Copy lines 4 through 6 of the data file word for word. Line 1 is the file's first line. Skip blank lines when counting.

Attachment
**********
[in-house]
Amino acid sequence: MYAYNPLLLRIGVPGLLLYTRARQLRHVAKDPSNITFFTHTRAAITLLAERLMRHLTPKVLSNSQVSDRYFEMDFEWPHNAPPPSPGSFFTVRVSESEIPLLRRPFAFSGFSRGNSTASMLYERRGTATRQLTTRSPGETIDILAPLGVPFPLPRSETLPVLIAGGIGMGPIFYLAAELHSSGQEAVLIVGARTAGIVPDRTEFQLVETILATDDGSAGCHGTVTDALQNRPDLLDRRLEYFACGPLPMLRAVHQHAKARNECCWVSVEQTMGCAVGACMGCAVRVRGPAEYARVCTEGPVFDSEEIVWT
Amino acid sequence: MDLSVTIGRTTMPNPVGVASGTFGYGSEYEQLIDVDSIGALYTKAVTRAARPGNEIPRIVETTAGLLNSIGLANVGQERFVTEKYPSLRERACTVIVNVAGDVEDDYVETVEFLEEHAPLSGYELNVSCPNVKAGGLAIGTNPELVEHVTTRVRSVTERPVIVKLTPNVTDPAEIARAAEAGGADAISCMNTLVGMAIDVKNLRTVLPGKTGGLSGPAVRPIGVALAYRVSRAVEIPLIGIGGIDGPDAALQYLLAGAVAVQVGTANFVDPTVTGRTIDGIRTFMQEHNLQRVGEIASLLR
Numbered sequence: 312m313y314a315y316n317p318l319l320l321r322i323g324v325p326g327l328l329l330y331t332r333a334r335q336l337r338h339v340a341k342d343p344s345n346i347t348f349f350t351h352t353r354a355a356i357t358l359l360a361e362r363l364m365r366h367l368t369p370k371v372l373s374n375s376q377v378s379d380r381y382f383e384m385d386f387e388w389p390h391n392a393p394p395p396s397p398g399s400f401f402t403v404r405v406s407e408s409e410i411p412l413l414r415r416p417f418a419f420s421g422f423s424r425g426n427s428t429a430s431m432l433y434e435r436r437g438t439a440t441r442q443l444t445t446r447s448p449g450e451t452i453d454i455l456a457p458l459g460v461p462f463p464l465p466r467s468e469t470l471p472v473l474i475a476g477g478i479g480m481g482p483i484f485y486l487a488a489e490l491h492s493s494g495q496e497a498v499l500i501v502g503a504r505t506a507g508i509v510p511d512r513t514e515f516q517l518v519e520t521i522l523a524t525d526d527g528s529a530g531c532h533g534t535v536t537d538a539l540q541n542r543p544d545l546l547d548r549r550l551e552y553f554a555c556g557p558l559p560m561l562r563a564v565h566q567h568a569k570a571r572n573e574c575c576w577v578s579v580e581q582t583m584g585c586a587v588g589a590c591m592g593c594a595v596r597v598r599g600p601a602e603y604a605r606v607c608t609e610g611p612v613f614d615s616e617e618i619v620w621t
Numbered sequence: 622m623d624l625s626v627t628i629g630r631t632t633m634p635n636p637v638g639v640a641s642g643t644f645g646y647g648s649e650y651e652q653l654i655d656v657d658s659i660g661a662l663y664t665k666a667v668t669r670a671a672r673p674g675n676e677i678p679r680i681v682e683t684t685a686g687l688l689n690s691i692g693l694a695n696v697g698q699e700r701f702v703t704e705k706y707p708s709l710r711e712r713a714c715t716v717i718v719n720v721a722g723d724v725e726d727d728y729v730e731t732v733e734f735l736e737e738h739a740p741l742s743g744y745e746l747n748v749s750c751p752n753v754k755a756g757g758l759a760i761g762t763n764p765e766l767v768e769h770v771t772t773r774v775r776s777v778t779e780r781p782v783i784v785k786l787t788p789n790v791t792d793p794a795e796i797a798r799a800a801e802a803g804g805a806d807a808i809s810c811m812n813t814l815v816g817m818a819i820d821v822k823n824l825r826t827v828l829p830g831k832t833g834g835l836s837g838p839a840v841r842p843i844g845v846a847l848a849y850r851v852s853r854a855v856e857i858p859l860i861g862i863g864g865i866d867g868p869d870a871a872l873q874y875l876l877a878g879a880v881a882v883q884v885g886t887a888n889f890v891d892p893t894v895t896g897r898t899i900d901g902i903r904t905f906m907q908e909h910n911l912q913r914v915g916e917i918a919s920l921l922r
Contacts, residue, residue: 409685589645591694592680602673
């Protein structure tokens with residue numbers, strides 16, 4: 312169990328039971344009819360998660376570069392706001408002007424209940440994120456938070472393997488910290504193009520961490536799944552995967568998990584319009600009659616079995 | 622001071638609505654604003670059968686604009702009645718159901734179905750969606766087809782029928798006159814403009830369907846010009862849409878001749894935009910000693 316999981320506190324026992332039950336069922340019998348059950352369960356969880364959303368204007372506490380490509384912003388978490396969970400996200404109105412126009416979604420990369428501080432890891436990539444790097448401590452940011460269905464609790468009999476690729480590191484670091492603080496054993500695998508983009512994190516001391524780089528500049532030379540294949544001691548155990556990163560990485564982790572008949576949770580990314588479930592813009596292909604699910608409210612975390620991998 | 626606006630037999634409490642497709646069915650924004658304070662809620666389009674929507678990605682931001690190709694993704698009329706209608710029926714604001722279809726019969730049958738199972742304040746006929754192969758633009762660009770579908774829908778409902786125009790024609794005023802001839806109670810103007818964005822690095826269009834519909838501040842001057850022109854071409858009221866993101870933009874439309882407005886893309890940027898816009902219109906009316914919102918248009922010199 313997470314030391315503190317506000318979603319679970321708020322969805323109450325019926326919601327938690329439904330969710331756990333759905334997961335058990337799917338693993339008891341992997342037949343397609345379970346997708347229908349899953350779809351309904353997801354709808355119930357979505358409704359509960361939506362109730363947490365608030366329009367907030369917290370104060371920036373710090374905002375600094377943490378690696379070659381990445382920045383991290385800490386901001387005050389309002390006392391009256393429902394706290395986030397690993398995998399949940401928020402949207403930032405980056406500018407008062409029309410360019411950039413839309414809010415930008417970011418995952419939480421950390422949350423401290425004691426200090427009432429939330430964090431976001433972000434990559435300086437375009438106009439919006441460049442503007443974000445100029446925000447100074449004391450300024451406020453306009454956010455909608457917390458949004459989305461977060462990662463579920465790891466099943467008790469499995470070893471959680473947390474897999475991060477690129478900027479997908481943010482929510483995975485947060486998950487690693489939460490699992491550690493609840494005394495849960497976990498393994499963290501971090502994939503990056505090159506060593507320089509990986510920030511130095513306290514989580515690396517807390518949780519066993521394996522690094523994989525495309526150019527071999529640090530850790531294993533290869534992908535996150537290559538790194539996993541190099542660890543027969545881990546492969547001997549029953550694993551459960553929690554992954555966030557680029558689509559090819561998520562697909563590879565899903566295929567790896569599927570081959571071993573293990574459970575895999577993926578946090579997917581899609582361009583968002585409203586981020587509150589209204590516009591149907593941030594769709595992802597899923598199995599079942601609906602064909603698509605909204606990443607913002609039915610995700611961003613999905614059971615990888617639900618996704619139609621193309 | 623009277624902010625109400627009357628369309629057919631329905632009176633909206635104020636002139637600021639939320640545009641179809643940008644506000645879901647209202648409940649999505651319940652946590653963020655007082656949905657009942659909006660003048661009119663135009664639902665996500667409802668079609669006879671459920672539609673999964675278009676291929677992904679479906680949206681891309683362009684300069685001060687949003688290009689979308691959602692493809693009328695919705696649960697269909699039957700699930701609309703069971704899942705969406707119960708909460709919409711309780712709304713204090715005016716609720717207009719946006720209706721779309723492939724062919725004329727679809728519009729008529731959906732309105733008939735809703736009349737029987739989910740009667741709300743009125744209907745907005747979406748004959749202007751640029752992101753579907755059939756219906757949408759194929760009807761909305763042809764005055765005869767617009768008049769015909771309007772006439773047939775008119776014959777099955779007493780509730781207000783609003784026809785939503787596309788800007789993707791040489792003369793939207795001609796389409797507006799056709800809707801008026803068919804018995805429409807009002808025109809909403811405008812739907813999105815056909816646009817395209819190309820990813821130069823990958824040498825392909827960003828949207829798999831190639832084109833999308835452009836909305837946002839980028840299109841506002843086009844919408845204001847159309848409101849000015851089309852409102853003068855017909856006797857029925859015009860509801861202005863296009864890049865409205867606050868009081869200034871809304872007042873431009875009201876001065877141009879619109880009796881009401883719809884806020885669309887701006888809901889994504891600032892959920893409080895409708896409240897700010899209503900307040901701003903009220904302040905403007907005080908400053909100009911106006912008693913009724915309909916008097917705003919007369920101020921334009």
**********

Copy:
Numbered sequence: 312m313y314a315y316n317p318l319l320l321r322i323g324v325p326g327l328l329l330y331t332r333a334r335q336l337r338h339v340a341k342d343p344s345n346i347t348f349f350t351h352t353r354a355a356i357t358l359l360a361e362r363l364m365r366h367l368t369p370k371v372l373s374n375s376q377v378s379d380r381y382f383e384m385d386f387e388w389p390h391n392a393p394p395p396s397p398g399s400f401f402t403v404r405v406s407e408s409e410i411p412l413l414r415r416p417f418a419f420s421g422f423s424r425g426n427s428t429a430s431m432l433y434e435r436r437g438t439a440t441r442q443l444t445t446r447s448p449g450e451t452i453d454i455l456a457p458l459g460v461p462f463p464l465p466r467s468e469t470l471p472v473l474i475a476g477g478i479g480m481g482p483i484f485y486l487a488a489e490l491h492s493s494g495q496e497a498v499l500i501v502g503a504r505t506a507g508i509v510p511d512r513t514e515f516q517l518v519e520t521i522l523a524t525d526d527g528s529a530g531c532h533g534t535v536t537d538a539l540q541n542r543p544d545l546l547d548r549r550l551e552y553f554a555c556g557p558l559p560m561l562r563a564v565h566q567h568a569k570a571r572n573e574c575c576w577v578s579v580e581q582t583m584g585c586a587v588g589a590c591m592g593c594a595v596r597v598r599g600p601a602e603y604a605r606v607c608t609e610g611p612v613f614d615s616e617e618i619v620w621t
Numbered sequence: 622m623d624l625s626v627t628i629g630r631t632t633m634p635n636p637v638g639v640a641s642g643t644f645g646y647g648s649e650y651e652q653l654i655d656v657d658s659i660g661a662l663y664t665k666a667v668t669r670a671a672r673p674g675n676e677i678p679r680i681v682e683t684t685a686g687l688l689n690s691i692g693l694a695n696v697g698q699e700r701f702v703t704e705k706y707p708s709l710r711e712r713a714c715t716v717i718v719n720v721a722g723d724v725e726d727d728y729v730e731t732v733e734f735l736e737e738h739a740p741l742s743g744y745e746l747n748v749s750c751p752n753v754k755a756g757g758l759a760i761g762t763n764p765e766l767v768e769h770v771t772t773r774v775r776s777v778t779e780r781p782v783i784v785k786l787t788p789n790v791t792d793p794a795e796i797a798r799a800a801e802a803g804g805a806d807a808i809s810c811m812n813t814l815v816g817m818a819i820d821v822k823n824l825r826t827v828l829p830g831k832t833g834g835l836s837g838p839a840v841r842p843i844g845v846a847l848a849y850r851v852s853r854a855v856e857i858p859l860i861g862i863g864g865i866d867g868p869d870a871a872l873q874y875l876l877a878g879a880v881a882v883q884v885g886t887a888n889f890v891d892p893t894v895t896g897r898t899i900d901g902i903r904t905f906m907q908e909h910n911l912q913r914v915g916e917i918a919s920l921l922r
Contacts, residue, residue: 409685589645591694592680602673